Day 1: We hiked up Kearsarge Pass. We encountered small patches of snow to cross, but nothing major. We elected to hike up from the pass to bag Mt Gould which was not part of the original plan. The scramble up was boring and uninteresting, but the summit blocks were a lot of fun. The summit block was so small that only one person at a time could be up there. John stood on top of it, but I couldn't do it. It was too windy and the exposure was tremendous.
Our goal for the day was to camp near Bull Frog Lake, but that area was closed for camping. We elected to camp at the Kearsarge Lake closest to Bull Frog Lake. Nice area.
Day 2: We hiked up and over Glenn Pass down into Rae Lakes and up and over Rae Col to a lake just west of Fin Dome. The hike up to Rae Col from Rae Lakes was tougher than we all anticipated. We eventually made our camp near Fin Dome.
Day 3: Mt Clarence King Day.
Matt elected to stay behind to give his knee time to heal. It was sore after the first day of hiking. We nailed the approach. We took the trail all the way until we reached peak 3910 and Mt Clarence King came back into view. We left the trail here. Headed up the left side of the first waterfall and then crossed over the water at the top and made our way up right. We just kept working our way up. It was not that difficult of routefinding.
We easily found the 3rd class ramp with the overhang that you need to climb under in the beginning of the ramp. This led us up to the saddle.
From there we headed up eventually staying close to the East Face.
We reached a friction slab that we could either go straight up or go across the slab. This is where we should have roped up. We elected to continue without roping up and we went left across the friction slab. We ended up roping up on a small little ledge which made it quite uncomfortable. It was a short pitch. I placed one piece of gear and that was it. If we elected to avoid the friction slab and just go straight up we would have reached the rappel anchors. At this point though we still didn't know where they were. It also just started to rain as I finished leading that pitch. Gary and John came up together just tied in below one another on our 30m rope. The summit block proved to be the most difficult part of the climb. John went around to the right and climbed a crack with some webbing in it. Gary and I just climbed the unprotecteable face up to John since he had us on belay. This was fun. Gary did the strenuous mantle move and was on top of the summit first. I then did it slightly different performing the move as a lieback and then I rocked over on my left foot. The exposure was pretty high doing it this way. John did it the way I did it also.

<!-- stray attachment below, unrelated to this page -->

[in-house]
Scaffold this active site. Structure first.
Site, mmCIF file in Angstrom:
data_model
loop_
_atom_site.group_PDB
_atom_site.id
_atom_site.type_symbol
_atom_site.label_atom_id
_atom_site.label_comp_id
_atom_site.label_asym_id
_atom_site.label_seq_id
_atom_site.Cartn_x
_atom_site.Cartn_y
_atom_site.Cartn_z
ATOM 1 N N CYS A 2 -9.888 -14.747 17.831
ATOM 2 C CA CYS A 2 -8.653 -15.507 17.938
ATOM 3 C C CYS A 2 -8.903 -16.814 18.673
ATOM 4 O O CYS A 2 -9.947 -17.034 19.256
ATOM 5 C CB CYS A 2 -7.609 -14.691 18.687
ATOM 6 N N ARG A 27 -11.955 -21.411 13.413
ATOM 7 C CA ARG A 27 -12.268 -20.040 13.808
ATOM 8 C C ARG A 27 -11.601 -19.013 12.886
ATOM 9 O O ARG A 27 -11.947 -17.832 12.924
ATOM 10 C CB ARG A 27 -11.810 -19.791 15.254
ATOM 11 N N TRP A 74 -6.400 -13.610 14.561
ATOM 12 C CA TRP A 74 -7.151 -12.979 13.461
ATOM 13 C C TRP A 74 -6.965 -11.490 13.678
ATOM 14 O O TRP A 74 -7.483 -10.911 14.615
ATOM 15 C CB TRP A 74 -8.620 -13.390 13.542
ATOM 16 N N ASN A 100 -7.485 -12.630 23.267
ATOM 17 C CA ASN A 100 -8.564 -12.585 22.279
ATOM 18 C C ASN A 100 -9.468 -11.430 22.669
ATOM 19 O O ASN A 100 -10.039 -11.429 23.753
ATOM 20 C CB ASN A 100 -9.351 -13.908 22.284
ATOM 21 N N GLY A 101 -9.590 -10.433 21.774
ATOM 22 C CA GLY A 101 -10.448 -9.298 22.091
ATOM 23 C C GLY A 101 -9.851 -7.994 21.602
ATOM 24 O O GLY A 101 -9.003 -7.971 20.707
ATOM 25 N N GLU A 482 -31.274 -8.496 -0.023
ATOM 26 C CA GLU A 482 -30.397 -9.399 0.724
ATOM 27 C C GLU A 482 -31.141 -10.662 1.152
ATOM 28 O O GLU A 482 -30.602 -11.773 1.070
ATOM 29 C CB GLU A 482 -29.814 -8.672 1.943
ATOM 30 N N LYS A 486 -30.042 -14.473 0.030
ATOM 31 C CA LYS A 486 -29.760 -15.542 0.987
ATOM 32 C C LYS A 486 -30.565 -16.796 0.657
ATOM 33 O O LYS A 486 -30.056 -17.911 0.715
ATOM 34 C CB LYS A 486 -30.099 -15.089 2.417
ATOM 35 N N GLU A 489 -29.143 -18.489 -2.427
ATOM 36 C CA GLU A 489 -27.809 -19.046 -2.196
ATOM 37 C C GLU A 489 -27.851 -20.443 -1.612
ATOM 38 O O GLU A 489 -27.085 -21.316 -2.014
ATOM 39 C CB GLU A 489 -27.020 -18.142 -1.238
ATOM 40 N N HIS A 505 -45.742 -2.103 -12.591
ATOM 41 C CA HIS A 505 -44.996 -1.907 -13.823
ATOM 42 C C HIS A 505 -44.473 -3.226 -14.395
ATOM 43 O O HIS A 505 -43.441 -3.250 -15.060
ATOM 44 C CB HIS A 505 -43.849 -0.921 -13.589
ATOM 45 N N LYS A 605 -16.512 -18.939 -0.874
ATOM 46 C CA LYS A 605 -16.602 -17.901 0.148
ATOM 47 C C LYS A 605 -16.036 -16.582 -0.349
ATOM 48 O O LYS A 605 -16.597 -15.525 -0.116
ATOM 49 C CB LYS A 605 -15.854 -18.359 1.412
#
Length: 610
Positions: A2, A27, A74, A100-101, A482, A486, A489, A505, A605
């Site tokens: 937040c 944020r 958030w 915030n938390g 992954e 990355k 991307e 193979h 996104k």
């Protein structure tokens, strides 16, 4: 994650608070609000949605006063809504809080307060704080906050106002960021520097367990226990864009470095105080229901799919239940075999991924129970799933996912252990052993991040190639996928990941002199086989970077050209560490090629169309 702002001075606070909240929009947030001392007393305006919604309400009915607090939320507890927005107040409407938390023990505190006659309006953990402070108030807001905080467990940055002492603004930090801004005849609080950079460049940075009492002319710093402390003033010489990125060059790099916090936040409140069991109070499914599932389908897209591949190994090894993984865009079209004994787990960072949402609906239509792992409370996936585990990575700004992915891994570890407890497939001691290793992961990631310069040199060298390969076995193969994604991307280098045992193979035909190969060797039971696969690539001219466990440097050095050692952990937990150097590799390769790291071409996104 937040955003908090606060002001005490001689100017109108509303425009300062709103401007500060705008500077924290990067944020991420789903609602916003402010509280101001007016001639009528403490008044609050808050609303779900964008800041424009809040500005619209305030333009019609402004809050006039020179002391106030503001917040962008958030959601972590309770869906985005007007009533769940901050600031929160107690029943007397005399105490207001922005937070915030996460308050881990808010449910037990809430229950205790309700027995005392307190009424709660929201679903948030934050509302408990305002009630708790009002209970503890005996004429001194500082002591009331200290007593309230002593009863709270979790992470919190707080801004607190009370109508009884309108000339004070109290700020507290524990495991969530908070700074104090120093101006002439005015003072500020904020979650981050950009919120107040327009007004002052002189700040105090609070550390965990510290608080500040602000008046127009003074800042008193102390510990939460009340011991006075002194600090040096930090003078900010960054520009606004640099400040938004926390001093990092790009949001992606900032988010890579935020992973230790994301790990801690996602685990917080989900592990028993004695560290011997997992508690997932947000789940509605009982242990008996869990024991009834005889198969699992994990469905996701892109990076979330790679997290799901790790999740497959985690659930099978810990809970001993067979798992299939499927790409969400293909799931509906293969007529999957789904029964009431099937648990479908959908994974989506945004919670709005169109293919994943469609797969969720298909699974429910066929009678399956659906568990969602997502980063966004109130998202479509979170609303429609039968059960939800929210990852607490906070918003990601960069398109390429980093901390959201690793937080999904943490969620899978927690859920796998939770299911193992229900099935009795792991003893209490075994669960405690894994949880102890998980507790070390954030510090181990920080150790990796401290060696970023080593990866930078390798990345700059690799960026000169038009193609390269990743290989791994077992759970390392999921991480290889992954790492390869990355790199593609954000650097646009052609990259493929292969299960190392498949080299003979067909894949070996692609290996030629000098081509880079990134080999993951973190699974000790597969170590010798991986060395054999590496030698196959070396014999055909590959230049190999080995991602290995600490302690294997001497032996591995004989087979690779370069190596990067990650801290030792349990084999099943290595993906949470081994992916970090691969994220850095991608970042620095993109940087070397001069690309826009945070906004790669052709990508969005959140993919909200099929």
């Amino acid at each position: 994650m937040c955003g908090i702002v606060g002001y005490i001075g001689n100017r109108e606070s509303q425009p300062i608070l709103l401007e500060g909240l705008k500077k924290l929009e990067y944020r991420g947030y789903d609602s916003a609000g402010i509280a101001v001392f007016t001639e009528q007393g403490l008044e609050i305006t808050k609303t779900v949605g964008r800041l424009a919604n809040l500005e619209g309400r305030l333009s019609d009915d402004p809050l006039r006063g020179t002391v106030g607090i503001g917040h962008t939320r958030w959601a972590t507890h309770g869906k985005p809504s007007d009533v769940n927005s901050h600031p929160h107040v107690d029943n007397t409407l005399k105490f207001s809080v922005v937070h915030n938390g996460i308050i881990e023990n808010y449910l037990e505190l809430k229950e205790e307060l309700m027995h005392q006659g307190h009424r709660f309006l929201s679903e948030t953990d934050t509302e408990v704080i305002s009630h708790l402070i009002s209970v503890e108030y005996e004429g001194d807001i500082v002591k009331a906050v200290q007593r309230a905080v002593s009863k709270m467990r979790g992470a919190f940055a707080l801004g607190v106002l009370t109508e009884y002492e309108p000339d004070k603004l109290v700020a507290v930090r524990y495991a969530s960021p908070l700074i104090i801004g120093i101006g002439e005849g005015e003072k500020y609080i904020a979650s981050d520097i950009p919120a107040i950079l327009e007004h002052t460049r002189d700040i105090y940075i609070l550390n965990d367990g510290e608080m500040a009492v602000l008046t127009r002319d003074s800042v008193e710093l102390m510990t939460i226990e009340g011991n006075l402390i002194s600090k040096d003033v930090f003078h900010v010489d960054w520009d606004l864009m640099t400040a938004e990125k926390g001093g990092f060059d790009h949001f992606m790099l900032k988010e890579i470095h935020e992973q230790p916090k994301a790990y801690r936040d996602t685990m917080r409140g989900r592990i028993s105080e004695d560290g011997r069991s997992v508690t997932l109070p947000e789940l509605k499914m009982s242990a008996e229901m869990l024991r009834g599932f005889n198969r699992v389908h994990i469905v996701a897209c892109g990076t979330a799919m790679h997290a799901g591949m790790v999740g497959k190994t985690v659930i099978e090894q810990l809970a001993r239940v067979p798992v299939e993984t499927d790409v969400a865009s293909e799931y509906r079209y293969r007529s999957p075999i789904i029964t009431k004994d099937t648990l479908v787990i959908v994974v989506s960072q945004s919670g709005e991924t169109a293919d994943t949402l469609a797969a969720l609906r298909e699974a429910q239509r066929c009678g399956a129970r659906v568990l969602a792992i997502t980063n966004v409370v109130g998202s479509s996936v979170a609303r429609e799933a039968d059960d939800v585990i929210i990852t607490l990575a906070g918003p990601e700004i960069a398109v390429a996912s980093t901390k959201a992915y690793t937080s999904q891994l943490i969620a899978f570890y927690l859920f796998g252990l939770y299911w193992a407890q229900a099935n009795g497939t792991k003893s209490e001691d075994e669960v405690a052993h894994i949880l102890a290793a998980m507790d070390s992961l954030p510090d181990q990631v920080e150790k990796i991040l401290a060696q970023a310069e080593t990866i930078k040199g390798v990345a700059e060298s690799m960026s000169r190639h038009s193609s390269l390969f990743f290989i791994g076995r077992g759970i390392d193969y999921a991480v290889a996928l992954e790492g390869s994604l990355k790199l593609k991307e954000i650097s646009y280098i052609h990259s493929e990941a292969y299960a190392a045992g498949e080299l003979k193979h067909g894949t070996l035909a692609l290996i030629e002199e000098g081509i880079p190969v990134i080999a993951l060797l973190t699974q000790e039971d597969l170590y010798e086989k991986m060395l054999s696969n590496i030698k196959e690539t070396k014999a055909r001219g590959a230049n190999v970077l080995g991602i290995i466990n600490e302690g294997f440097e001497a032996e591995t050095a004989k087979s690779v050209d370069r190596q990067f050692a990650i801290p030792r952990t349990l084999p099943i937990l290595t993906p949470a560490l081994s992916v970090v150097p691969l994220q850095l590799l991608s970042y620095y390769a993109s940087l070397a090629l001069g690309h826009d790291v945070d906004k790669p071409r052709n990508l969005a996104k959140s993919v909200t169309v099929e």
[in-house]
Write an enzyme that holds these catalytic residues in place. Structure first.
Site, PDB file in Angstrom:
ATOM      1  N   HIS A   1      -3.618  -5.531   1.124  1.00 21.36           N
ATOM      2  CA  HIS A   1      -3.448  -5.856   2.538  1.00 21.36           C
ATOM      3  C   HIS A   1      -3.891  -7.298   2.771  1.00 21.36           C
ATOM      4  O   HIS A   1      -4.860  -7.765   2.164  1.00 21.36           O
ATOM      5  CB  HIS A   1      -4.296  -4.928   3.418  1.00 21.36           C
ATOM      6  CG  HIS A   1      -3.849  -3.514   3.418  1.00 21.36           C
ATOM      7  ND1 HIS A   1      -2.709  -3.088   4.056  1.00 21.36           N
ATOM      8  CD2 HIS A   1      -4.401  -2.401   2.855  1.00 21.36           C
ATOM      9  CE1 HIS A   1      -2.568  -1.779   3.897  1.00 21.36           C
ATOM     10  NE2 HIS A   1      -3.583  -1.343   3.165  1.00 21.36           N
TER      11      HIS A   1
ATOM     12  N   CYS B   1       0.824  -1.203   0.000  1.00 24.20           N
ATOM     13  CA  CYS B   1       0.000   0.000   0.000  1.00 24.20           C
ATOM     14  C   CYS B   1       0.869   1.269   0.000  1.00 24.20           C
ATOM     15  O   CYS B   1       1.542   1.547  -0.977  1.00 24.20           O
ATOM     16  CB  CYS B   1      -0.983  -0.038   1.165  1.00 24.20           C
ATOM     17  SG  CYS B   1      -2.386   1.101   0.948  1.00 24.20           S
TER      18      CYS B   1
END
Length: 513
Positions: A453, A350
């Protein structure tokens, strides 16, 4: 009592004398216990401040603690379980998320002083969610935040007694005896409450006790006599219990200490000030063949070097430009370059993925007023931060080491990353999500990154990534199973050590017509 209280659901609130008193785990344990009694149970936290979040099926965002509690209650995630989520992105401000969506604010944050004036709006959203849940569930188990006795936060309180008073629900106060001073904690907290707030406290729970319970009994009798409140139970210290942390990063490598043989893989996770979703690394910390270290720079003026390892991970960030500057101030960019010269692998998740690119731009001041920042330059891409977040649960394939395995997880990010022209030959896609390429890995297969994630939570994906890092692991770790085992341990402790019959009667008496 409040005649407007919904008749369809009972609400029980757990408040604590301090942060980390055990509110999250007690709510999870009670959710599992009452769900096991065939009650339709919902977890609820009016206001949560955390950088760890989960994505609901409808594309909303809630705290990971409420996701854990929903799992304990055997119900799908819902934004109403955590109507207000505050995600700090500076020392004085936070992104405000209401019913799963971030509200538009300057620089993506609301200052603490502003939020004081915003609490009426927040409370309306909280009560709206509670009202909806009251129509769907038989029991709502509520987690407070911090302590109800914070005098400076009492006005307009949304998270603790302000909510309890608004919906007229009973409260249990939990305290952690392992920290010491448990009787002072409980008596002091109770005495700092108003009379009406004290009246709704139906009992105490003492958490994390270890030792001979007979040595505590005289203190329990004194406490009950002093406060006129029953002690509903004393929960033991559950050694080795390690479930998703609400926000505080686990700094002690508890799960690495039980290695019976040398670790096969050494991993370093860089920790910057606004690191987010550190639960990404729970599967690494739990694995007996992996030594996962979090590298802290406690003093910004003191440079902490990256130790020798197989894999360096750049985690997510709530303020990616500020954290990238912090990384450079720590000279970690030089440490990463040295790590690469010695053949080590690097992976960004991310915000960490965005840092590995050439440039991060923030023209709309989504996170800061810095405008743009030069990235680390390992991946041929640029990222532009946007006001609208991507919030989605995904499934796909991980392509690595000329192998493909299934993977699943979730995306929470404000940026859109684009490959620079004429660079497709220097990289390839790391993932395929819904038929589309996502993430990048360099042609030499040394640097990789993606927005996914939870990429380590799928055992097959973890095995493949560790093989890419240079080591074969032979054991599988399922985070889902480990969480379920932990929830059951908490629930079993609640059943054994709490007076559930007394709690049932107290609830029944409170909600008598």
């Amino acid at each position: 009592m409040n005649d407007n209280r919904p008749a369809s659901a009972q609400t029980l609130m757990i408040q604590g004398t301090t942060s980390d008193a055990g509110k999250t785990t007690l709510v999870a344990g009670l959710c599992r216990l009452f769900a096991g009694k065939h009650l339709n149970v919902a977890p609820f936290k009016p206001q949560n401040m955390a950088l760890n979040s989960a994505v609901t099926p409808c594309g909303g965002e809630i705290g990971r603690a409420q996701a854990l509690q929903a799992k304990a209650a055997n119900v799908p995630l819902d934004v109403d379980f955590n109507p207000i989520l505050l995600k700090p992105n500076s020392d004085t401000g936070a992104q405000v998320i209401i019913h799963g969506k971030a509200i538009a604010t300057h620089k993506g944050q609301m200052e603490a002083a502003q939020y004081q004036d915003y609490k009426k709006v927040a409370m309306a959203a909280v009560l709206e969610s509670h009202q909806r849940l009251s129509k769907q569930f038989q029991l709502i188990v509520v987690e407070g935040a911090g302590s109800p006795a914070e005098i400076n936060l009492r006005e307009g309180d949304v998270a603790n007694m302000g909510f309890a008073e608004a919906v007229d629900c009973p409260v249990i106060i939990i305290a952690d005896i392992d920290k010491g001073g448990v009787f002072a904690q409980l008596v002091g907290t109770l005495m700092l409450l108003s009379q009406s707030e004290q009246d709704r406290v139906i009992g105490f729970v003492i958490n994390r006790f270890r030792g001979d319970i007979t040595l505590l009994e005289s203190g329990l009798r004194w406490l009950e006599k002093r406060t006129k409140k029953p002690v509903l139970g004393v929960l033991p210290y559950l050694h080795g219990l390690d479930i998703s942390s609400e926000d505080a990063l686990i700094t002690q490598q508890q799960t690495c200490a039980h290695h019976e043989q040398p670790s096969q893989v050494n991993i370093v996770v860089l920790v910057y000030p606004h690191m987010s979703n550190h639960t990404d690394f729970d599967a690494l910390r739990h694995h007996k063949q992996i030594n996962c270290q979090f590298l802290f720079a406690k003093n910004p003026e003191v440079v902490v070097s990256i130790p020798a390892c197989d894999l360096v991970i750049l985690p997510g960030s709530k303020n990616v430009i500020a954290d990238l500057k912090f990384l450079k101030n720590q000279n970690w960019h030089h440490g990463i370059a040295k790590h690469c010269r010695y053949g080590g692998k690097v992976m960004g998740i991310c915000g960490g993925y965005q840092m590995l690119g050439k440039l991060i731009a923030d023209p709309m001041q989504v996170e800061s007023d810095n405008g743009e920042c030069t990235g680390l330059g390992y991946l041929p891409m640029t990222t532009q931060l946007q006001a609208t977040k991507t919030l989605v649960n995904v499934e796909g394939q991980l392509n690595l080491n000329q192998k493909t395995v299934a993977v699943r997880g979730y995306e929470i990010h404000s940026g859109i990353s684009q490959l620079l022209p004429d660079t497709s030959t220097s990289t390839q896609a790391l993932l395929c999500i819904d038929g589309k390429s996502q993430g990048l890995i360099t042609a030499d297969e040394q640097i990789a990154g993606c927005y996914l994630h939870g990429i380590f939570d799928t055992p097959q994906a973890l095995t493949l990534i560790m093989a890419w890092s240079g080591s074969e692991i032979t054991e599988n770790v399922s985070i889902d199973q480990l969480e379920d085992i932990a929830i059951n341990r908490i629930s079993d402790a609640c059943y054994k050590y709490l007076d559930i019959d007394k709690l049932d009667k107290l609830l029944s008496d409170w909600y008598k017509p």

The weather was threatening and so we spent time for a picture and that was it. John downclimbed it first, then Gary and then me. We found the rappel station which was just left (climber's right) of where we came up.
There was one other short section where we looped the rope around a rock and rapped down.
We were all feeling much better now that we were off the difficult part of the climb. As we were getting water about halfway down the approach from where we left the trail, it started to hail the size of mini-golf balls. We were able to keep in touch with Matt throughout the day because I brought 2-way radios. He moved our gear inside our tent when it started to rain which was nice to not have to deal with. Matt spent the day scoping out the 3rd class climb up Fin Dome. He couldn't find anything that he thought was "3rd class".
Day 4: Fin Dome Day.